Current self-driving cars often cannot see which lane they’re in, if it’s raining. They don’t understand what a bridge is versus other road-terrain. They don’t understand what a cross-walk guard is. And they are reliant on a notoriously brittle location technology.
What can go wrong with testing them in urban centres then, exactly?
“You have potentially millions of Androids making their way into the work space, accessing confidential documents,” said Christopher Soghoian, a former Federal Trade Commission technology expert who now works for the ACLU. “It’s like a really dry forest, and it’s just waiting for a match.”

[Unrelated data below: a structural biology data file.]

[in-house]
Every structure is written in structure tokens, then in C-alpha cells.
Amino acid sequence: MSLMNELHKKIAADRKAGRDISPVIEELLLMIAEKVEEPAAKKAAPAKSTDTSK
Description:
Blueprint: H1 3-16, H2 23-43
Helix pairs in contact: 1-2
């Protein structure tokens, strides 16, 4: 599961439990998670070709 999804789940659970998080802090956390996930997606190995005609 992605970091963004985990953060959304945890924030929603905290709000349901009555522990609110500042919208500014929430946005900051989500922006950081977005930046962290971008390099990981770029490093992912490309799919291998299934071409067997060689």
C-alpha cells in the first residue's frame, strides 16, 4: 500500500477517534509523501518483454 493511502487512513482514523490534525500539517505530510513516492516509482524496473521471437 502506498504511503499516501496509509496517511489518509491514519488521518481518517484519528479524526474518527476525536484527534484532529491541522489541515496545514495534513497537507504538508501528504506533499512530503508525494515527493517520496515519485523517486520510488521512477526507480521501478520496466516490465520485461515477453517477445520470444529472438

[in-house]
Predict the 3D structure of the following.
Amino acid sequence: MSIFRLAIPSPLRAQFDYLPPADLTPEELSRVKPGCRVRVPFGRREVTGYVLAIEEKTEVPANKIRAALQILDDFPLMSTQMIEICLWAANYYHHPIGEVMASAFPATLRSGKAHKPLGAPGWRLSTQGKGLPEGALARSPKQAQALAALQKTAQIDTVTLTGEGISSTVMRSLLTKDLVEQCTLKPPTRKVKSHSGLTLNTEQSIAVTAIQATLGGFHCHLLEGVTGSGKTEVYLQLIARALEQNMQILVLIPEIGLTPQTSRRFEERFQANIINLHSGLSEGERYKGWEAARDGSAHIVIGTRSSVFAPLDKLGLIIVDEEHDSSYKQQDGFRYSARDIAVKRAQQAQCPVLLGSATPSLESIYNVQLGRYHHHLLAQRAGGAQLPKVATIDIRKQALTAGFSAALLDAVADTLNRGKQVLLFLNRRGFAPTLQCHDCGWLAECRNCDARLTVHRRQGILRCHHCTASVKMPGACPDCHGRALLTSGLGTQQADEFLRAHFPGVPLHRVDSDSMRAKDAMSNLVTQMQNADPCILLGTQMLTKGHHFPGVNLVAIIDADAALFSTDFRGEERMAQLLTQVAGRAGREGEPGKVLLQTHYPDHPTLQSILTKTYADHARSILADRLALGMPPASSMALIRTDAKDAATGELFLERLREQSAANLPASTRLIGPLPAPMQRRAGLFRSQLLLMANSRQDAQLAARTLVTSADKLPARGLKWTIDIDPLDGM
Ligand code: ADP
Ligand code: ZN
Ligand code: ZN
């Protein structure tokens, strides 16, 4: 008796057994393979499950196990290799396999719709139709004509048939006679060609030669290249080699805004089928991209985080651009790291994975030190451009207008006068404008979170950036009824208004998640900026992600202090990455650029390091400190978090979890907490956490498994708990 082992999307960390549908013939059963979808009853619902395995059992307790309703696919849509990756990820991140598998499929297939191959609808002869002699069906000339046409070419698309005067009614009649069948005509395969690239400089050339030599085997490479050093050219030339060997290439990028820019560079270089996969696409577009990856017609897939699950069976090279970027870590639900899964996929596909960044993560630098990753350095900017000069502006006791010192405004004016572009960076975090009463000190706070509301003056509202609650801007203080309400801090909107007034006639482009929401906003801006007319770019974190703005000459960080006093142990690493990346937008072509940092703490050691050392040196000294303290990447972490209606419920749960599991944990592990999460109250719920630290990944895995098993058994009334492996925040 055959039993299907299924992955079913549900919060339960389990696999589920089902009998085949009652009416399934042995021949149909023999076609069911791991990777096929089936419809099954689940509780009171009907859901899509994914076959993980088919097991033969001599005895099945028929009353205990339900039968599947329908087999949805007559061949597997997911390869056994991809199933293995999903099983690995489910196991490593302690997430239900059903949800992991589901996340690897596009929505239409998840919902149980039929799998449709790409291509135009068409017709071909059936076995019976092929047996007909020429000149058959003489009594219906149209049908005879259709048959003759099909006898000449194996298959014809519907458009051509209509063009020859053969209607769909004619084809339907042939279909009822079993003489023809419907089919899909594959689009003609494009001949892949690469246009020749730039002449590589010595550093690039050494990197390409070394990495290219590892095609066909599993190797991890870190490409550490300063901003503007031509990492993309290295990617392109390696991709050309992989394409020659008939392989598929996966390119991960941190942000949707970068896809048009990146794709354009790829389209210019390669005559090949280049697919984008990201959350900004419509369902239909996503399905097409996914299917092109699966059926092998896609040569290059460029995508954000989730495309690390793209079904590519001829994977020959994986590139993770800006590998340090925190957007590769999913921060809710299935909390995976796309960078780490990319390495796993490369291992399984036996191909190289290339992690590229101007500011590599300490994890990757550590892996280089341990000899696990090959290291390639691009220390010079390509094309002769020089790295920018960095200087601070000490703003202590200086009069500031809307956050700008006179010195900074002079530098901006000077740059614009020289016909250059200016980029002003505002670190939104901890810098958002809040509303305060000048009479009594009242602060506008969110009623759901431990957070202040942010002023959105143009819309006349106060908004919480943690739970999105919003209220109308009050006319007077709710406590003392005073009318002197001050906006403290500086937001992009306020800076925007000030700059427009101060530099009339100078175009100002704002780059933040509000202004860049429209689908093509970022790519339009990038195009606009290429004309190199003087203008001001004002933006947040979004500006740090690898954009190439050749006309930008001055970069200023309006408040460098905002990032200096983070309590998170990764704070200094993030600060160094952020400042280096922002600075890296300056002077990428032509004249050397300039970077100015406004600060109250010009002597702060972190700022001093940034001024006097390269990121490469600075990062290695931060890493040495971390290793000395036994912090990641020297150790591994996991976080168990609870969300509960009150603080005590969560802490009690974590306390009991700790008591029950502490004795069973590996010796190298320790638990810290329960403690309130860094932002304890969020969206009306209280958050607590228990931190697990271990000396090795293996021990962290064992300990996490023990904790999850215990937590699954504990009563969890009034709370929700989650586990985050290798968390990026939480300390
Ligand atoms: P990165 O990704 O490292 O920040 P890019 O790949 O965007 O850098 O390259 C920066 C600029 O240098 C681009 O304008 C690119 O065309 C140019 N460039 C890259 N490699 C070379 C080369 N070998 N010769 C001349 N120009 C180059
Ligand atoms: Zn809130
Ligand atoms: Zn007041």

The high degrees of fragmentation in the Android ecosystem are incredibly problematic; fragmentation combined with delays in providing updates effectively externalizes the security-related problems stemming from mobile OS vulnerabilities on individual owners of phones. Those owners are (typically) the least able parties in the owner/carrier/manufacturer/OS creator relationship to remedy the flaws. At the moment, Google tends to promptly (try) to respond to flaws. The manufacturers and vendors then have to certify and process any updates, which can take months. It’s inexcusable that these parties can not only sit on OS updates, but they can continue to knowingly sell vulnerable phones.